fantasy book reviews science fiction book reviews Stuart: After finishing the excellent Catch-22 by Joseph Heller, I listened to Joseph Conrad’s Heart of Darkness narrated by Kenneth Branagh. While I liked the Coppola film Apocalype Now and the documentary Hearts of Darkness: A Filmmaker’s Apocalypse inspired by this book, I found the book to be turgid and uneventful, since the mysterious and menacing Kurtz turns out to be a broken shell of a man who is sick and muttering “the horror, the horror.” Big disappointment. I guess SFF is really my cup of tea, so I started Neal Stephenson‘s new book Seveneves on audiobook, which I will listen to during an upcoming family trip to NY, DC, and PA, our first visit to the East Coast in a decade. I’ve uploaded a couple reviews to be posted during that time so you wont’ forget about me!

fantasy book reviews science fiction book reviews Terry: I finished Mary Robinette Kowal‘s Shades of Milk and Honey and immediately started Glamour in Glass, which seems more assured and a bit more free of the influence of Jane Austen, while still being firmly rooted in Regency England. I’m enjoying it very much. I also started The Acolyte by Nick Cutter, a dystopian novel of a country in which the religious right has thoroughly won, and Magic Bites by Ilona Andrews, the beginning of an urban fantasy series that I’ve missed until now, when Andrews is about to issue the eighth in the series. I have a lot of catching up to do!

fantasy book reviews science fiction book reviews Tim: I finished Tanith Lee‘s The Birthgrave (finally), and I’m now proceeding with The Silver Metal Lover by the same author. If I get tired of Lee (difficult to imagine, but it could happen), I’ve also got Emma Bull‘s War for the Oaks still waiting its chance. I’d started it some time ago, but left off in favor of the siren song of an audiobook. Now I may return to it.


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TIM SCHEIDLER, who's been with us since June 2011, holds a Master's Degree in Popular Literature from Trinity College Dublin. Tim enjoys many authors, but particularly loves J.R.R. Tolkien, Robin Hobb, George R.R. Martin, Neil Gaiman, and Susanna Clarke. When he’s not reading, Tim enjoys traveling, playing music, writing in any shape or form, and pretending he's an athlete.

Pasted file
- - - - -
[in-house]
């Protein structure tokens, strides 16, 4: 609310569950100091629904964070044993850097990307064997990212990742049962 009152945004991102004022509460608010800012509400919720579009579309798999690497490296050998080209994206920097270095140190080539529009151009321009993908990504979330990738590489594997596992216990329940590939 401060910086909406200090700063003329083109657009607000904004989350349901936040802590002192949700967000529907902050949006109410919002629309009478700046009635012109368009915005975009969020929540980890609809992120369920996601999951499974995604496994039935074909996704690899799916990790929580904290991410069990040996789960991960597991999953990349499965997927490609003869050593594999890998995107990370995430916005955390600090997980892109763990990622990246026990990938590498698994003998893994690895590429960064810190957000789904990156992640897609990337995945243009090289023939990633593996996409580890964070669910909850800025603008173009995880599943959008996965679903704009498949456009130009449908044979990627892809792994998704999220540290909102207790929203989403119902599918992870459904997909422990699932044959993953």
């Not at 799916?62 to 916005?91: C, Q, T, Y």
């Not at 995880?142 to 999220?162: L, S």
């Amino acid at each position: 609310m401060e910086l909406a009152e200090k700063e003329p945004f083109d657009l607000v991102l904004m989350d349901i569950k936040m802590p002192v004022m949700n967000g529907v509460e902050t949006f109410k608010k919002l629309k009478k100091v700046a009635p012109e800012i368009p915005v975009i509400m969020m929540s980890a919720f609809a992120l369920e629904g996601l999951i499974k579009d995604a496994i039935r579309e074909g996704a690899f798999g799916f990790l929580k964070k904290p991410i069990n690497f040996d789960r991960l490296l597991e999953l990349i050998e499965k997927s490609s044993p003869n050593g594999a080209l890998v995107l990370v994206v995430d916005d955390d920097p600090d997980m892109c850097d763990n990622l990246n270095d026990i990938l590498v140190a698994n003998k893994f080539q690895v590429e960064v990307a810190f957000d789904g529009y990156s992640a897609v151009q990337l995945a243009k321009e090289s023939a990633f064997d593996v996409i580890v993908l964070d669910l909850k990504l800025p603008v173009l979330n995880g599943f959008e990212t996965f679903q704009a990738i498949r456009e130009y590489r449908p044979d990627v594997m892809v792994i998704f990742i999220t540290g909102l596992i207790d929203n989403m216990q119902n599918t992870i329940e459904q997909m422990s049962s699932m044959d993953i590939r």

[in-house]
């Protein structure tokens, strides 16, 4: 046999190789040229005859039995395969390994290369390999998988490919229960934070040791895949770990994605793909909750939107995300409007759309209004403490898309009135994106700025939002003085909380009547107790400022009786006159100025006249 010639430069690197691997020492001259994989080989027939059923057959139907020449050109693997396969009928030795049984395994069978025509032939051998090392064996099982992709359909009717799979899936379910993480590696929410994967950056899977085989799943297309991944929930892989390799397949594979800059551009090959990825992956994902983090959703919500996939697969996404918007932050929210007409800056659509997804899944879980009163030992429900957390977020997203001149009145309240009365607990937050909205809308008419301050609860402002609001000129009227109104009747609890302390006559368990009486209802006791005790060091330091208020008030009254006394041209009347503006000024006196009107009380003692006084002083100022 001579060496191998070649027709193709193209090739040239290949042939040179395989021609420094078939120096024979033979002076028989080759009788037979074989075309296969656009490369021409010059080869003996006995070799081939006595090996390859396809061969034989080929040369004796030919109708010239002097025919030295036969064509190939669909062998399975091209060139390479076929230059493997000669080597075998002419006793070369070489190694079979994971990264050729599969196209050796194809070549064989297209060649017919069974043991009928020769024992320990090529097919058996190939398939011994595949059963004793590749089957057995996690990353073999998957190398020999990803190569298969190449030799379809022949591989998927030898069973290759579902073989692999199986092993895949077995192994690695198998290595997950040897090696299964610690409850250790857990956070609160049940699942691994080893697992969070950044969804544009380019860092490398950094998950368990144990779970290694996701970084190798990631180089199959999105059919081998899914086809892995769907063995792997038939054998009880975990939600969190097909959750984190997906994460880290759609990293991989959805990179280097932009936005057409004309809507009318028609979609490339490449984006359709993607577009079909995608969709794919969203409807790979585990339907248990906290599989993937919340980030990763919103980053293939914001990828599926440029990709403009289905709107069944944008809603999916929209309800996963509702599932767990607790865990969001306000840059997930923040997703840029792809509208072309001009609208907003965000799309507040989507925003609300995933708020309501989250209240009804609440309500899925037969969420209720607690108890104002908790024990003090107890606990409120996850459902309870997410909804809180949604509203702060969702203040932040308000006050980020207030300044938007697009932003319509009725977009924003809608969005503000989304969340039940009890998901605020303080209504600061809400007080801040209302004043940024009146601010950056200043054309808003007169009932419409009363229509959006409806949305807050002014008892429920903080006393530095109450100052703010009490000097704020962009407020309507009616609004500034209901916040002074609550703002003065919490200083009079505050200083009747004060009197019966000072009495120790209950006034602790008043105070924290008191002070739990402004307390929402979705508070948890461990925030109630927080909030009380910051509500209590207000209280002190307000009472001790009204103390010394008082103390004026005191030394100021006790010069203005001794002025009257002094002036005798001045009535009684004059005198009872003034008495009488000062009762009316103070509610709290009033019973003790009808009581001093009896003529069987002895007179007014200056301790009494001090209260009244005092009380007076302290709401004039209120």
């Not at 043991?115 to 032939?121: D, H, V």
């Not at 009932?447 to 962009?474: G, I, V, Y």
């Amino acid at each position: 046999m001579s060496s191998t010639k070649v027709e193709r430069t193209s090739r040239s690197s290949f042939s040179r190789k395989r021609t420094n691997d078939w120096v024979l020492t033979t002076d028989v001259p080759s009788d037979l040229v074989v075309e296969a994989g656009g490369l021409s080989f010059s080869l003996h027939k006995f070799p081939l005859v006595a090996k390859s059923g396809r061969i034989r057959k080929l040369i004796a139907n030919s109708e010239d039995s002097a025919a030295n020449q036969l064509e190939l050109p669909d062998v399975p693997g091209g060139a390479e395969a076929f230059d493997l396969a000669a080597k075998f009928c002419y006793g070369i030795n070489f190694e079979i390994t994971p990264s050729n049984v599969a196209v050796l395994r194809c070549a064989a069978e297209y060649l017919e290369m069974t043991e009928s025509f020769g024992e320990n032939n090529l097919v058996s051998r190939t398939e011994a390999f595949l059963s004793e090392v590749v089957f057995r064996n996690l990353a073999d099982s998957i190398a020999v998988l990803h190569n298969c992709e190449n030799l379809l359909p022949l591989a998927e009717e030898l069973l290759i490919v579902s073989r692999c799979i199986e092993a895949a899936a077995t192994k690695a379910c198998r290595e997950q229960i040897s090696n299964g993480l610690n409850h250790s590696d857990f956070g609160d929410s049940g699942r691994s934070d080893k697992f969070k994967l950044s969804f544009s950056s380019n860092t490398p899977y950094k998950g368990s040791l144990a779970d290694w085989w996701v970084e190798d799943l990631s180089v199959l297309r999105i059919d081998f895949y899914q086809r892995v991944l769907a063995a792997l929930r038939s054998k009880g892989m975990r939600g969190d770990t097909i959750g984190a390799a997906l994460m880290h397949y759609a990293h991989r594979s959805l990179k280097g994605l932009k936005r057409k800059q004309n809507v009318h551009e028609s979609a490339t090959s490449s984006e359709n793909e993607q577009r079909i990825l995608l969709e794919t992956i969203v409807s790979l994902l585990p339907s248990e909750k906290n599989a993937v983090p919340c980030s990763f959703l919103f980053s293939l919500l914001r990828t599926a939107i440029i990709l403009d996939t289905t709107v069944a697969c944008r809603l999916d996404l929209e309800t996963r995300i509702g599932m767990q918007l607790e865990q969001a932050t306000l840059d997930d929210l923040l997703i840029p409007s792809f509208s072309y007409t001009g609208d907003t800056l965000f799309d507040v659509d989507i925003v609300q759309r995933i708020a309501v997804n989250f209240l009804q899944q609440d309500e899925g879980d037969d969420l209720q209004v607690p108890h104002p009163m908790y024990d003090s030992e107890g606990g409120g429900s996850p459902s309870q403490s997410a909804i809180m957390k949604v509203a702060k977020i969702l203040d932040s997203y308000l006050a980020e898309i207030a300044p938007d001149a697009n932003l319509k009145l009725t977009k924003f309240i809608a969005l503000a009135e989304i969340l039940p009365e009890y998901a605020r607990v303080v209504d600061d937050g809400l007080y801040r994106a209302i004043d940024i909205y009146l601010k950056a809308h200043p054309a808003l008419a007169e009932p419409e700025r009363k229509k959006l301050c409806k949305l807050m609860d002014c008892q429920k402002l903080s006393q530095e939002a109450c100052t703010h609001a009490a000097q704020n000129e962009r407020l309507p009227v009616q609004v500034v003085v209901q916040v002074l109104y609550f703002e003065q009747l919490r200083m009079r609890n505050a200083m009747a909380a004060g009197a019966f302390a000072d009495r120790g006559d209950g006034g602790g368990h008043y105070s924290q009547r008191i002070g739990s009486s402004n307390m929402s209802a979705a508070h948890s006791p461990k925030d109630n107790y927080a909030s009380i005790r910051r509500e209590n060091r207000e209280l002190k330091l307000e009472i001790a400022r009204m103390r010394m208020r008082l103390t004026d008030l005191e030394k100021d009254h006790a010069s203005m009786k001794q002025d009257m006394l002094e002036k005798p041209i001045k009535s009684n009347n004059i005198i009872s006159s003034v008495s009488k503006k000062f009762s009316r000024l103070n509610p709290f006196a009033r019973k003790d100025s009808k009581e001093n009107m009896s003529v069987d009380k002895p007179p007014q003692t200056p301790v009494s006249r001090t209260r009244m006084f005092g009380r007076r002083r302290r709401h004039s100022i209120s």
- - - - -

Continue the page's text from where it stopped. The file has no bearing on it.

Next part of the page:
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8 comments

  1. Tim, I want to recruit you to help me with art for World Wide Wednesday. No, seriously. I do.

  2. Ryan, your update made me laugh twice.

    Marion, it’s coincidental that you’re reading H if for Hawk because I believe that Kate just got a review copy of T.H. White’s The Goshawk, which is related.

    • I really want to read that, since it is a big part of MacDonald’s book. T.H. White’s account of attempting to tame a goshawk was, um, apparently NOT met with great acclaim by the falconry community.

  3. April /

    Terry – each of the Glamourist books is better than the last so you have good stuff to look forward to, though I’ve yet to read the latest. Additionally, the Kate Daniels series by Ilona Andrews is a treat, especially for the internal wit and dialogue over and above the fun (if monster hunting is your thing) plots.

    • April, one of my biggest reading problems is that pretty much every kind of fiction is my thing. Okay, espionage, westerns and romance aren’t high on my list. But give me a good book in any genre, and I’ll read it. Jack of all trades, master of none, they call me.

  4. April /

    Pretty much the only thing I don’t read is horror. Fantasy of all flavors and scifi are my faves but I read it all too.